Day two of Philadelphia's fifth annual Roots Picnic came with a couple of problems. The weather was uncooperative -- an afternoon downpour delayed the main stage sets and sent the entire crowd inside the already-cramped dance tent. To make matters worse, Kid Cudi, the set's headliner was announced as a no-show at the last minute. Such obstacles might've thwarted a lesser festival, but fortunately, Philly's legendary hip-hop collective held it down.
Spread over two days for the first time, the Roots Picnic brought out the likes of Diplo, Major Lazer, and hip-hop legend Rakim for its second day. Check out our on-site recap of Sunday's sights and sounds.
1. Though not exactly the day's headliner, Major Lazer made a convincing case for Sunday's top set. For those unfamiliar with Diplo's venture into reggae and dancehall, picture a hip-hop show with no rapper and about half a dozen hypemen and women. Fans got a taste of some new songs from the group's upcoming album, as well as cuts like "Pon De Floor" from 2009's Guns Don't Kill People... Lazers Do.
2. One of the festival's most visible sponsors was the online mixtape hotspot Dat Piff. The website had a table set up outside the dance tent where baseball caps bearing its logo were dispersed. Countless white Dat Piff fitted caps could be spotted throughout the crowd over the course of the day.
3. Inside the tent, West Philly rapper Chill Moody rocked a sizable crowd backed by a DJ-meets-full band lineup. The set worked with the same sort of energy as the Roots' rhythm and percussion-heavy approach, albeit on a much smaller scale. Their DJ also earned brownie points with the crowd by mixing in some local favorites like Freeway's "Flipside." Apparently unfazed from failing to make XXL's recent 2012 Freshmen cover, the Chill Moody team passed out mixtapes entitled 2012 Freshmen, Take Cover.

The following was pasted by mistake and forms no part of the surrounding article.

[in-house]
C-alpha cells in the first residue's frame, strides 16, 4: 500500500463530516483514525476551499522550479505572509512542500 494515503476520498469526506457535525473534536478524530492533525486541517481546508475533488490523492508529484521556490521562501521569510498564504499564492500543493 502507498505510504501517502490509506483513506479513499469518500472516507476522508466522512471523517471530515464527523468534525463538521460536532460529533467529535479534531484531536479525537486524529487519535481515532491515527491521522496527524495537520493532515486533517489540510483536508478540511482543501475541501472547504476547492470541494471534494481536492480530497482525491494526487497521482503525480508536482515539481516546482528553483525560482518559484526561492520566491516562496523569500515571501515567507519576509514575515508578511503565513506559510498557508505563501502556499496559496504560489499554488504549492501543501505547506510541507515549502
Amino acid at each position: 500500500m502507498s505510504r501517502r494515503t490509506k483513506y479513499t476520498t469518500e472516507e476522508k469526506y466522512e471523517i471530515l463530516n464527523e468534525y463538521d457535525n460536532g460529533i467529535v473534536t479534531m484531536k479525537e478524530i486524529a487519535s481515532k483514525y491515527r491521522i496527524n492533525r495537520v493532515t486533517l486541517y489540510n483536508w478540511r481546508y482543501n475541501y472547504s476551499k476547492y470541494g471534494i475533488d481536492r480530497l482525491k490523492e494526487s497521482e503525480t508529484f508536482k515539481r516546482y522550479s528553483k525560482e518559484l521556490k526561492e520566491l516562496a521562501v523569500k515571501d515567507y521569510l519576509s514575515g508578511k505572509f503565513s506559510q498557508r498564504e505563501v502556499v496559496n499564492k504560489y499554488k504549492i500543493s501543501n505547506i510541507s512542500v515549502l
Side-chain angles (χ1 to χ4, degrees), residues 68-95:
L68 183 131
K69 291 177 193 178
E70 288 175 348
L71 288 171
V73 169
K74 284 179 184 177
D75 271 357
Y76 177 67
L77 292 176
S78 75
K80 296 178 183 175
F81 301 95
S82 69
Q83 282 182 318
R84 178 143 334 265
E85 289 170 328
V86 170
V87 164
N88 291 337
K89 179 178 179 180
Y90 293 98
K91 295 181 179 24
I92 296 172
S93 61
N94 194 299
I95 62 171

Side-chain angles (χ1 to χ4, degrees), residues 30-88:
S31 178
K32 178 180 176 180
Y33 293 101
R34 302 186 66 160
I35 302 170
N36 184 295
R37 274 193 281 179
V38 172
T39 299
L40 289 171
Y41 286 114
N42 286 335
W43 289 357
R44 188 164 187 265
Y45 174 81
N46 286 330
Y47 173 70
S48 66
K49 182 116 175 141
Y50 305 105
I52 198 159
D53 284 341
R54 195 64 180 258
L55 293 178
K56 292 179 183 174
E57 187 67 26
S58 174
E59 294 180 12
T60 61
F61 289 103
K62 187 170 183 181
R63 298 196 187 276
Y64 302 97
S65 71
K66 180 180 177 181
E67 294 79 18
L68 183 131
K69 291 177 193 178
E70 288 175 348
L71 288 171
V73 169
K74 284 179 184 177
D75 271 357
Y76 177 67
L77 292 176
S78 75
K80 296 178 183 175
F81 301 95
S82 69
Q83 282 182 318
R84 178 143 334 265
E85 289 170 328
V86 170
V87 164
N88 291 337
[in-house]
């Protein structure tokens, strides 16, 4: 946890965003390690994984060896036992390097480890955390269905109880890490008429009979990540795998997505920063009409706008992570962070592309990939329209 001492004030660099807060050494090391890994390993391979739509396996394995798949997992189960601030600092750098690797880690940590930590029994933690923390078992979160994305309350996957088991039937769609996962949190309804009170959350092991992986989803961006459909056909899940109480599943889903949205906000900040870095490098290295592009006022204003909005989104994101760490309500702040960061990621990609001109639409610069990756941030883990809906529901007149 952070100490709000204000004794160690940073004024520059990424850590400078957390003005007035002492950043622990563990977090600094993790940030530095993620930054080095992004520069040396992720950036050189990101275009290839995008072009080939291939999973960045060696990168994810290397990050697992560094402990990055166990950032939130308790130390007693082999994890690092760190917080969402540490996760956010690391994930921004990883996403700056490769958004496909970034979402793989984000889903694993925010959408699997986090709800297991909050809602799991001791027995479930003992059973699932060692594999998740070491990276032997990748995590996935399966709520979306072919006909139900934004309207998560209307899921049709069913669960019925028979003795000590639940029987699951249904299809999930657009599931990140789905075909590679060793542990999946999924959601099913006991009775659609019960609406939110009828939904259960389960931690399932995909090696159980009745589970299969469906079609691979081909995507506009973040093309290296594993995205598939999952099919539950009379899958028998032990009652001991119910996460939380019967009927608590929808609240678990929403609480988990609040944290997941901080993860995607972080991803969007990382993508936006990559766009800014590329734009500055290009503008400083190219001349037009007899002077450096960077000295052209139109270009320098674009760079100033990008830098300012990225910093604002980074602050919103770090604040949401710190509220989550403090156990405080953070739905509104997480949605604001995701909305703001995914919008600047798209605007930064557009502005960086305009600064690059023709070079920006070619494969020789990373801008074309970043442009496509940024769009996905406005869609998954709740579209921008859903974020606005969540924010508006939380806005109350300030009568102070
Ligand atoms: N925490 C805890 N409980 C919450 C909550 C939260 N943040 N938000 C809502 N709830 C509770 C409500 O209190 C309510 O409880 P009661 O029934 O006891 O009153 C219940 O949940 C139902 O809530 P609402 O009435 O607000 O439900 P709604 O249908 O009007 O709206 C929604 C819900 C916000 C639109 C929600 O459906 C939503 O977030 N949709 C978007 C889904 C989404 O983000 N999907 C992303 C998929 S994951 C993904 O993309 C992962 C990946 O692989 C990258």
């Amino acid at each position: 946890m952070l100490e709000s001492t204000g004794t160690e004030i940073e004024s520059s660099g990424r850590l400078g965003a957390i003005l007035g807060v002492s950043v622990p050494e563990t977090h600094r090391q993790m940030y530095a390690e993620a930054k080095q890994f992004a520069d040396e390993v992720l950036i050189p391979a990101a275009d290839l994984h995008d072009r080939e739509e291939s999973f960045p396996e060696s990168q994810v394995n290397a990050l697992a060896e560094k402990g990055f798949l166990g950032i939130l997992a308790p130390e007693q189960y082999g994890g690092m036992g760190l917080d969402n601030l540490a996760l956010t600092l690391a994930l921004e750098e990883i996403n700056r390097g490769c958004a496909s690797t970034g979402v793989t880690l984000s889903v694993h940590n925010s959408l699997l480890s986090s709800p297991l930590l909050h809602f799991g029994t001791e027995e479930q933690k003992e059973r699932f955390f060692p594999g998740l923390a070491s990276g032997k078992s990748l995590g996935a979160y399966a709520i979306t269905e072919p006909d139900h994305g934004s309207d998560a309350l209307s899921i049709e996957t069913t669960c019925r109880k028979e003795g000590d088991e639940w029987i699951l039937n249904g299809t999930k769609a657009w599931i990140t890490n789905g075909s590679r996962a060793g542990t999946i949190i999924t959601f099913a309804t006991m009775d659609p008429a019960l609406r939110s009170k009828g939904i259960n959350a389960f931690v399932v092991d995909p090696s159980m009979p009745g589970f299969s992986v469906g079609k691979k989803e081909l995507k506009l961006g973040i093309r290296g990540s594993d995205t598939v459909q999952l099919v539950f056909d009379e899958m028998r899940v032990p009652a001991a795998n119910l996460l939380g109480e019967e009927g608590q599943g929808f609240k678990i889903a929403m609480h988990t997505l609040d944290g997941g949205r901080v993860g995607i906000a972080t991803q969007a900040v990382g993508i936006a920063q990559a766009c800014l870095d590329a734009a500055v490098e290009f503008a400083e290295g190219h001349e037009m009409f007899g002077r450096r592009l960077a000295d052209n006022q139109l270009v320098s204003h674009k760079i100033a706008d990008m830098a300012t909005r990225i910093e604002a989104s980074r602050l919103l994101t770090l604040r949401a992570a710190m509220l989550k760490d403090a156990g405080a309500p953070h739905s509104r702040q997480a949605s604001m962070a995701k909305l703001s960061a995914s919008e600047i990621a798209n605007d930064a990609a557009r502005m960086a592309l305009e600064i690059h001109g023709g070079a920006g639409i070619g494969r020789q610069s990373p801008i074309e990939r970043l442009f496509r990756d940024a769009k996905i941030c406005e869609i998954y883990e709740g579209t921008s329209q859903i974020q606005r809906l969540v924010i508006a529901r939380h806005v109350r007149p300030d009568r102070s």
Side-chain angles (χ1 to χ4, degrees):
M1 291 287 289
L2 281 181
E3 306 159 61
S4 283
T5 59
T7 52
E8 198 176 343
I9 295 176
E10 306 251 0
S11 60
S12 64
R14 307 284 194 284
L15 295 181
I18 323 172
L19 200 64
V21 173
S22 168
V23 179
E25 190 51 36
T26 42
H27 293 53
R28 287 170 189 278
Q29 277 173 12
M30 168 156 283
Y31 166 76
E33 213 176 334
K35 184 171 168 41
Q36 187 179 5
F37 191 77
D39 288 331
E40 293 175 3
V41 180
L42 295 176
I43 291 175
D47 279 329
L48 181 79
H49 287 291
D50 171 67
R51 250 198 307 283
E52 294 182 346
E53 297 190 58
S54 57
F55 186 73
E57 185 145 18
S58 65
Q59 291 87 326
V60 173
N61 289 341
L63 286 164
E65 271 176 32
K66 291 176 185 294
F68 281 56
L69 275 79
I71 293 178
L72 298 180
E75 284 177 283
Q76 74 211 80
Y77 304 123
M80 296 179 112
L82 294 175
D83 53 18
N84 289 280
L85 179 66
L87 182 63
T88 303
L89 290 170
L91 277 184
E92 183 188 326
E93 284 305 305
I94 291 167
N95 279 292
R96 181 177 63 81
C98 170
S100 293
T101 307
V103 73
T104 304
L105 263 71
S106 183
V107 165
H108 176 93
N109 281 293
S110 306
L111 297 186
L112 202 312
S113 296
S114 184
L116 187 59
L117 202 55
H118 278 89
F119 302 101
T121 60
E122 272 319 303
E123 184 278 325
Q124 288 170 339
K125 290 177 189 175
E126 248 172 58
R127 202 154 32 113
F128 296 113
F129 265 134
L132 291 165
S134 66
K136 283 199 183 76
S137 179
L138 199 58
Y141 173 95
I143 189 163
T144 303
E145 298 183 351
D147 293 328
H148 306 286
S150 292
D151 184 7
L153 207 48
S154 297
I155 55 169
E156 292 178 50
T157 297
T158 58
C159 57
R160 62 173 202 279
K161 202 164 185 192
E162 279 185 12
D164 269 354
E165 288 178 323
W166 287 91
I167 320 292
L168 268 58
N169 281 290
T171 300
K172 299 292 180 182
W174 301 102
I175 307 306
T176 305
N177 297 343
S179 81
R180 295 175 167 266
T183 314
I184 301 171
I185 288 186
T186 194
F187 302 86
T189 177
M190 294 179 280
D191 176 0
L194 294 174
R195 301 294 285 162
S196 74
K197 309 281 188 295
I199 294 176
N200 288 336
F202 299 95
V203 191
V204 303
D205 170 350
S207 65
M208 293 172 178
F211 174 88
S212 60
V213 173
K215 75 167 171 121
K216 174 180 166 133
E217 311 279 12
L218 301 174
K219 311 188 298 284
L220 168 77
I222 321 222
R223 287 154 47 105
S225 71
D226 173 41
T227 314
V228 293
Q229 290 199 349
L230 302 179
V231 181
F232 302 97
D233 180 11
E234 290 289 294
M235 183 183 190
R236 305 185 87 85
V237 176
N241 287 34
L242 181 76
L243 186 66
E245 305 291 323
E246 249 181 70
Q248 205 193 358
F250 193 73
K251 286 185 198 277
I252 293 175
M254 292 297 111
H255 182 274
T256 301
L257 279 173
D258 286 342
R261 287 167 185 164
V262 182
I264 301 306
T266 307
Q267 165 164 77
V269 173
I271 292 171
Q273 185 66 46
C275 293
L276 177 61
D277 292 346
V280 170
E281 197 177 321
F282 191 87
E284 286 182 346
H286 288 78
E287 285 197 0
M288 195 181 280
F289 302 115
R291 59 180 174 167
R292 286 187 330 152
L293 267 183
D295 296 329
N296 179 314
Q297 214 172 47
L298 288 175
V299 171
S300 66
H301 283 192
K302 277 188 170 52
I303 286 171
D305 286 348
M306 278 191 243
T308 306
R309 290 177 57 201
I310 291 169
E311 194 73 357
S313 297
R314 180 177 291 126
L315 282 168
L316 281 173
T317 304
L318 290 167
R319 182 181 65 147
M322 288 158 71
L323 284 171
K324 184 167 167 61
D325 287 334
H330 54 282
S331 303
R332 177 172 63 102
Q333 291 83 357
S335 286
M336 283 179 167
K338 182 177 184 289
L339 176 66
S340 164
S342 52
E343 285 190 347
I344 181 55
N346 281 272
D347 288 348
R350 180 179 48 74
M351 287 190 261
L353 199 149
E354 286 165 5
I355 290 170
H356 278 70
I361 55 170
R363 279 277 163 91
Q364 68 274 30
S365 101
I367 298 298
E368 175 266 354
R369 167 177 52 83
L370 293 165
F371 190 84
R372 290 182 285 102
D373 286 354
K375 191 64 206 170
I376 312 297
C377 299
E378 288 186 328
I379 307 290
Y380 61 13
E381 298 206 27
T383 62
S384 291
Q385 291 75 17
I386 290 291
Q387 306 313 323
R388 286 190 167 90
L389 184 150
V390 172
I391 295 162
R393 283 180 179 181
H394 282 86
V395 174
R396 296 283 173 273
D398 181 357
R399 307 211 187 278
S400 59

4. A torrential midday downpour just after Chill Moody's set forced a massive crowd of festival-goers into seeking shelter inside the relatively tiny dance tent, where Diplo was gearing up for his second set of the day. To make matters worse, the main stage's top acts were delayed further into the evening. With a sound curfew looming, the situation looked shaky.
5. Inside the dance tent, Diplo meant business for his solo set. With hordes of guests seeking refuge inside, sardine-like conditions actually lent themselves perfectly to the atmosphere, as the DJ worked the sweaty, overcrowded room. Early on he invited a handful of dancers onstage, and the number seemed to multiply until Diplo's setup simply seemed to be part of the crowd. For those looking for the weekend's most intense dance experience, this was likely it.
6. Once the bad weather subsided, the main stage went back into action with Rakim's long-awaited set. The legendary MC (with the celebrated MC/DJ duo Eric B. and Rakim) took the stage alongside the Roots, marking one the weekend's most star-studded collaborations. With Roots MC Black Thought lending a hand, Rakim tore through his seminal record, 1987's "Paid In Full," in its entirety, replacing Eric B.'s funky Golden Age production with the Roots' live band approach. Appropriately, choice cuts from the record's top side like "I Ain't No Joke" were saved for the very end of the set.
7. The end of Rakim's set brought more bad news. A dejected Black Thought remained onstage and informed the crowd that the expected headliner, Kid Cudi, would not be performing. It was hinted that the uncooperative weather had led to the no-show, though no official reason was given. Later on, The Source confirmed that Cudi was forced to cancel his performance due to a weather-related flight cancellation.
8. Even without a headliner to play alongside, the Roots flashed remarkable improvisational skills and played an invigorated set that leaned heavily towards their rock side. Guitarist/vocalist Kirk Douglas played a big role in the group's rendition of "The Seed 2.0" and a brief cover of Guns N' Roses' "Sweet Child 'O Mine."
9. The Roots' set also included a crowd-pleasing guest appearance from Philly MC Freeway. The Philly Freezer popped onstage early in the set to perform a rendition of his Beanie Sigel collabo "Rock The Mic." Tweeted the DJ duo Flosstradamus (who performed the previous day): "The amount of Freeway beards in Philly never fails to impress me." Well said!
10. Throughout the Roots Picnic, Barack Obama's street team was out in full force. Questlove and the rest of the band have been vocal supporters of Obama for years, and a beefed-up presence was no surprise with the 2012 election around the corner. Guests were able text a special code to obtain a free Obama bumper sticker, and a multitude of pamphlets, handouts, and other giveaways were also available.